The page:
Posted on October 7, 2013 (updated: June 20, 2019)

Ecojustice, Labrecque family call for stricter oilsands regulations at public inquiry

PEACE RIVER, Alta. — an Alberta family is calling for regulatory reform at a public inquiry after being forced off their farm due to health concerns associated with nearby oilsands production.

An organizational meeting for the inquiry, which will examine odours and emissions from Cold Heavy Oil Production with Sand (CHOPS), took place in Peace River today. The inquiry comes in the wake of growing public concern over CHOPS, an oilsands extraction method that is becoming more common in the Peace River area.

Ecojustice lawyers will represent the Labrecque family at the inquiry.

Karla and Alain Labrecque and their two children left their family farm in the Peace River area almost two years ago. The farm is located within one mile of several Baytex Energy Corp. wells used to extract heavy oil using the CHOPS method. The heavy oil is heated and stored in tanks, venting noxious emissions into the surrounding area.

The family suffered through months of headaches, sinus congestions, muscle spasms, dizziness and loss of balance, before making the difficult decision to leave their family home, eventually settling in Smithers, B.C., an 11-hour drive away.

“It simply became unbearable,” said Karla. “We were genuinely concerned for the health of our children and had to leave.”

The Labrecques aren’t the only family that’s had to make that hard choice.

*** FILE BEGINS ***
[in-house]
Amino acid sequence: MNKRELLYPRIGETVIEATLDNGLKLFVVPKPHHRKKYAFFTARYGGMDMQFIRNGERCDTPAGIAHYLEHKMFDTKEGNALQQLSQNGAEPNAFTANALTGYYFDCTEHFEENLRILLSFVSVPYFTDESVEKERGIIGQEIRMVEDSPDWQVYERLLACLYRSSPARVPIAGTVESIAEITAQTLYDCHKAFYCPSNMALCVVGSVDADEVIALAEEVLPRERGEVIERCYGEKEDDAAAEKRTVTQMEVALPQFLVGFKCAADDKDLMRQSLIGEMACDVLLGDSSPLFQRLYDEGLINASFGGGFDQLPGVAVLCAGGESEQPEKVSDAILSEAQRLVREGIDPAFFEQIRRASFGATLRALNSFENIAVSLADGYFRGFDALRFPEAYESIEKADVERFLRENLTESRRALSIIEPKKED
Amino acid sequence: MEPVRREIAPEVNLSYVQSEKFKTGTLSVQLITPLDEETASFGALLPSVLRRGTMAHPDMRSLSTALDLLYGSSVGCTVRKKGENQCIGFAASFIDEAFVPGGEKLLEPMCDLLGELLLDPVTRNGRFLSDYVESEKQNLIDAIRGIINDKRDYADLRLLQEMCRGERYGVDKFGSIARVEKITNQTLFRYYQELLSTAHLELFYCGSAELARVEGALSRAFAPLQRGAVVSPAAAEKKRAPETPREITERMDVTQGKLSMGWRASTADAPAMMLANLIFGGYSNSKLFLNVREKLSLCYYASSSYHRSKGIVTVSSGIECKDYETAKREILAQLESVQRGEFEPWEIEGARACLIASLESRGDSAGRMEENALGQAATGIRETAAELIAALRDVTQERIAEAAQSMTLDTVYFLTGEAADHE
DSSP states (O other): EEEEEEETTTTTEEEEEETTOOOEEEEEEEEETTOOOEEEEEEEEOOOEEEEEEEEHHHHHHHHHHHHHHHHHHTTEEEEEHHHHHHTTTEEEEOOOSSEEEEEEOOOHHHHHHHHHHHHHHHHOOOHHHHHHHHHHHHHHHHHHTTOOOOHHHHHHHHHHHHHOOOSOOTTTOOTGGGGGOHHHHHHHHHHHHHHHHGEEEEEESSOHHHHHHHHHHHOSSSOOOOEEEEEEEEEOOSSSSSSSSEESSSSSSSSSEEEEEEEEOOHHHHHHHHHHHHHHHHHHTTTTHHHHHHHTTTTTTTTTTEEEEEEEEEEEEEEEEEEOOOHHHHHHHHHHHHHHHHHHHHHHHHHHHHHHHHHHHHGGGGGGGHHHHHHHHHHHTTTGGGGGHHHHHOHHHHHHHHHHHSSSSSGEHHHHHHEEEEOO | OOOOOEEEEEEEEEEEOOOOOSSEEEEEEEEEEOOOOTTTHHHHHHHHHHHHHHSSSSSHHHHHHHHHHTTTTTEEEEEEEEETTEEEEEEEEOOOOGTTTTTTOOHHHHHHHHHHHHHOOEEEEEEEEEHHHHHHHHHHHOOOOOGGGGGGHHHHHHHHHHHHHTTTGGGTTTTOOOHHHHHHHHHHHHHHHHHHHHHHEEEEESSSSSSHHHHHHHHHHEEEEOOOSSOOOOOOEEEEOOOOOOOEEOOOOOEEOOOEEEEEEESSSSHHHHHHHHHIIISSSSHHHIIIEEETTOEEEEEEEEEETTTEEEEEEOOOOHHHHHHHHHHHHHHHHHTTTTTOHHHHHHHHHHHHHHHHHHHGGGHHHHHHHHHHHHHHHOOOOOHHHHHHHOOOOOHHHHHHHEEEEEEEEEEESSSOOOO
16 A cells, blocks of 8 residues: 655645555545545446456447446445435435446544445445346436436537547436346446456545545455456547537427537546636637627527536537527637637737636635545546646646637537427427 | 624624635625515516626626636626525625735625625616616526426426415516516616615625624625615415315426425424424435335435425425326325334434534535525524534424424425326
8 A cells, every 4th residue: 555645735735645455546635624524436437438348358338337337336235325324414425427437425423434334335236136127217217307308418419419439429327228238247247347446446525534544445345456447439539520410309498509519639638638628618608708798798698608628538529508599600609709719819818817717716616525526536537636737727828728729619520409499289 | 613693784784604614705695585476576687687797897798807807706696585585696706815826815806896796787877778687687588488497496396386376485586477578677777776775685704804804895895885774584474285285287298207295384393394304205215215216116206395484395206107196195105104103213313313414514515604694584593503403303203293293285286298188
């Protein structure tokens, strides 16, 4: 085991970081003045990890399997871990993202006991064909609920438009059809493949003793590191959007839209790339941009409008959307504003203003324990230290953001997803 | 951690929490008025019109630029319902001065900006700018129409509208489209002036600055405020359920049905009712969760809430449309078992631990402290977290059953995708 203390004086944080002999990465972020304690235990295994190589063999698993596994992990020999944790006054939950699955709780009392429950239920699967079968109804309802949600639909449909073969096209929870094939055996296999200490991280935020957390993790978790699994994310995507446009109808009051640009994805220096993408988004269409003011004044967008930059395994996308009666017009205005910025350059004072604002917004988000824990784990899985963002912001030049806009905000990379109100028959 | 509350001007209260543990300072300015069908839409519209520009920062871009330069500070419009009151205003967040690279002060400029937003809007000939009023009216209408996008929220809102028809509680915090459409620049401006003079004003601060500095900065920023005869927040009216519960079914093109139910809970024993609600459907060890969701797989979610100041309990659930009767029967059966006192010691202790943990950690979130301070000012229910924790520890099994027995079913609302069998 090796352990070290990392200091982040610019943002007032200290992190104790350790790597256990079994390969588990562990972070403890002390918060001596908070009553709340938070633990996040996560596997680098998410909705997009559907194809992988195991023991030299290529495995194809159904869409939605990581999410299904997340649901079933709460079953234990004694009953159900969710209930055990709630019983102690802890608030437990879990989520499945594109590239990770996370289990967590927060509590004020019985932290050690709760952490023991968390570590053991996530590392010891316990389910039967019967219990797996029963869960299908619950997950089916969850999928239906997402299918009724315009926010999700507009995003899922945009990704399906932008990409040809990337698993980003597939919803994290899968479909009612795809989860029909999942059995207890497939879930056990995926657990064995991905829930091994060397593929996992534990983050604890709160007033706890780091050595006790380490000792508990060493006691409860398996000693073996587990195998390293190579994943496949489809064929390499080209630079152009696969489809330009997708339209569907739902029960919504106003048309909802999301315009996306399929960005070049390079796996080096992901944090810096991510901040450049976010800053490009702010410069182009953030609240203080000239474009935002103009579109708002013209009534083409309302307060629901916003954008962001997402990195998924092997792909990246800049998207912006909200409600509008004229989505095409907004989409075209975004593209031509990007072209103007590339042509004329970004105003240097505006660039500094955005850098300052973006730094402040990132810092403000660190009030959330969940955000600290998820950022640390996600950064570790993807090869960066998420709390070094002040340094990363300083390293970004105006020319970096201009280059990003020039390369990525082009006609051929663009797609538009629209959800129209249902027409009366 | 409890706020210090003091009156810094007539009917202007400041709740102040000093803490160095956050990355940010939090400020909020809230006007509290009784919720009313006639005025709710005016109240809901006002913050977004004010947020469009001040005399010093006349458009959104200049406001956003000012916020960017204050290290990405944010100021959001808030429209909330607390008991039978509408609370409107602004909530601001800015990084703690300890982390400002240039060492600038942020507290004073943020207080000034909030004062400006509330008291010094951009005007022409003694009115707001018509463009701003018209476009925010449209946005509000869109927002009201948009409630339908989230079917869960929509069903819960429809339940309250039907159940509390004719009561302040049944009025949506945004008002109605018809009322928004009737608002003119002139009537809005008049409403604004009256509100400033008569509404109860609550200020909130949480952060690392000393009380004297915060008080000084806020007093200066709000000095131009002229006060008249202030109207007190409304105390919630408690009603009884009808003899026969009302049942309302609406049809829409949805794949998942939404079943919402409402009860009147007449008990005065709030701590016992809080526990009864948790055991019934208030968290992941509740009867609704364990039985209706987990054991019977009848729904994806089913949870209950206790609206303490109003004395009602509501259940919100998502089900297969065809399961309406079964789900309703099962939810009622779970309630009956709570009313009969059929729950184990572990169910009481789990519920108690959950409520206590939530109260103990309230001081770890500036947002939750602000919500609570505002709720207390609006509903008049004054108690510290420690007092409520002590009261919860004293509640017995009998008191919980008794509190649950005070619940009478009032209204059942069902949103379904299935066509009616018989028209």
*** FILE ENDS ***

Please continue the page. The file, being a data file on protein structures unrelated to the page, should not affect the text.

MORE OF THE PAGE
“We’ve seen other families in the area pack up and leave, and the people who still live in the area are experiencing the same symptoms we did,” said Alain. “We just want Alberta to enforce stricter regulations and for Baytex to clean up its act so we can all go home.”

As Baytex operations in the region have increased in recent years, so too have community concerns. Despite bringing several complaints to the Alberta Energy Regulator (AER), the Labrecques say that the province has failed to effectively address their concerns.

“Clearly, existing regulations are inadequate if people like the Labrecques are leaving their farm to protect their health,” said Melissa Gorrie, Ecojustice staff lawyer. “We see this Inquiry as an important step and we hope that at the end of this process a regulatory framework is developed to address the impacts associated with CHOPS.”

The scope of the inquiry is currently being determined.

“Not only do we need answers from this inquiry, but we need regulatory reform,” Karla said. “Alberta must implement stronger protections so my family and my neighbours aren’t forced to evacuate their homes.”

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